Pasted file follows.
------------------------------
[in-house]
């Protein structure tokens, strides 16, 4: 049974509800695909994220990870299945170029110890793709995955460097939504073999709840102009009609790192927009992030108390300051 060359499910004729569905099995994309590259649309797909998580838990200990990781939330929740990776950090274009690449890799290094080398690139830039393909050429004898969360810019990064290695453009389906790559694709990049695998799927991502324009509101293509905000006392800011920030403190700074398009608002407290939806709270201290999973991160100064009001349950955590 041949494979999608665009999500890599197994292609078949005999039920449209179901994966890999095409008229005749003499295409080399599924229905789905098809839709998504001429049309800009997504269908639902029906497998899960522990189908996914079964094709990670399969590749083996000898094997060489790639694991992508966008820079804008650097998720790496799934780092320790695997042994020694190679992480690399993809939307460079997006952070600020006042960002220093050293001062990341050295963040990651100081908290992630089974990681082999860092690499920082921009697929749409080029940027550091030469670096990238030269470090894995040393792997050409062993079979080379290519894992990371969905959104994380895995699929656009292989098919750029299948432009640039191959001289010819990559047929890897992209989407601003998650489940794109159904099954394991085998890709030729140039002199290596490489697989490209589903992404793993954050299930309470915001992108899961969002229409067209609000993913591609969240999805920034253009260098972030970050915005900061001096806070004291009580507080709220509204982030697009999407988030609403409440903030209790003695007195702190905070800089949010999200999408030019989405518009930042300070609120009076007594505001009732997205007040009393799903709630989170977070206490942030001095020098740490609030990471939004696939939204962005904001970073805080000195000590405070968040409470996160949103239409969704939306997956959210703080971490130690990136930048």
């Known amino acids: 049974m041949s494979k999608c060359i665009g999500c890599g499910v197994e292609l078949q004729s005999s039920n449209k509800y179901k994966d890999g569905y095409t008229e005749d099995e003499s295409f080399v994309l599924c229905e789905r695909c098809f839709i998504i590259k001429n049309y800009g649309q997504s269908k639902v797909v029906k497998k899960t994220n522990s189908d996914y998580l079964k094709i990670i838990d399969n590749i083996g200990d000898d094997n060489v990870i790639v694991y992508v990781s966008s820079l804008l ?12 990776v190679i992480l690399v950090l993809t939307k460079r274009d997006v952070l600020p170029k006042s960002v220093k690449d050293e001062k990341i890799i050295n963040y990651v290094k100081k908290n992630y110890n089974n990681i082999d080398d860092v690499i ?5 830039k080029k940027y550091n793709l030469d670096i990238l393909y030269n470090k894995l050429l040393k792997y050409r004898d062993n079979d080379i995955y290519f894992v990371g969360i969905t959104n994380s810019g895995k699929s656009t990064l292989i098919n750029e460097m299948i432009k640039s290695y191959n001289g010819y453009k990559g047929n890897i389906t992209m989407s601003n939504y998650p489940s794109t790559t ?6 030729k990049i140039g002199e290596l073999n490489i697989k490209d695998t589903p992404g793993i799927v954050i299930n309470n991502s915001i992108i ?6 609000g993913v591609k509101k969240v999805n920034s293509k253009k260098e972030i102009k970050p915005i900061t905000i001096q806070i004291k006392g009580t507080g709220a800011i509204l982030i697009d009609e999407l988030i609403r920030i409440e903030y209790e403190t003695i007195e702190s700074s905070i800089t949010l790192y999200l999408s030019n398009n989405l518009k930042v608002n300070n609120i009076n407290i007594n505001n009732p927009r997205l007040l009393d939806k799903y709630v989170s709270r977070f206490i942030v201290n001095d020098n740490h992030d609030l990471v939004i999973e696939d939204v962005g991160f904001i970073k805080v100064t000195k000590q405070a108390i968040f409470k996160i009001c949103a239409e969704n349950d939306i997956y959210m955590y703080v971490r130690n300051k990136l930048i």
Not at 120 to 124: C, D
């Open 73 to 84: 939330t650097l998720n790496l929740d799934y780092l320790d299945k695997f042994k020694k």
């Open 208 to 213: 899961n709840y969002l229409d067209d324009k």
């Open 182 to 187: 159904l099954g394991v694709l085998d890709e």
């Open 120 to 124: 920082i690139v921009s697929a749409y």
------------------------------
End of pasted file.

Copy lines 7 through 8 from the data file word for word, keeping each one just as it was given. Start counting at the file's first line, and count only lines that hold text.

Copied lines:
């Open 182 to 187: 159904l099954g394991v694709l085998d890709e």
């Open 120 to 124: 920082i690139v921009s697929a749409y």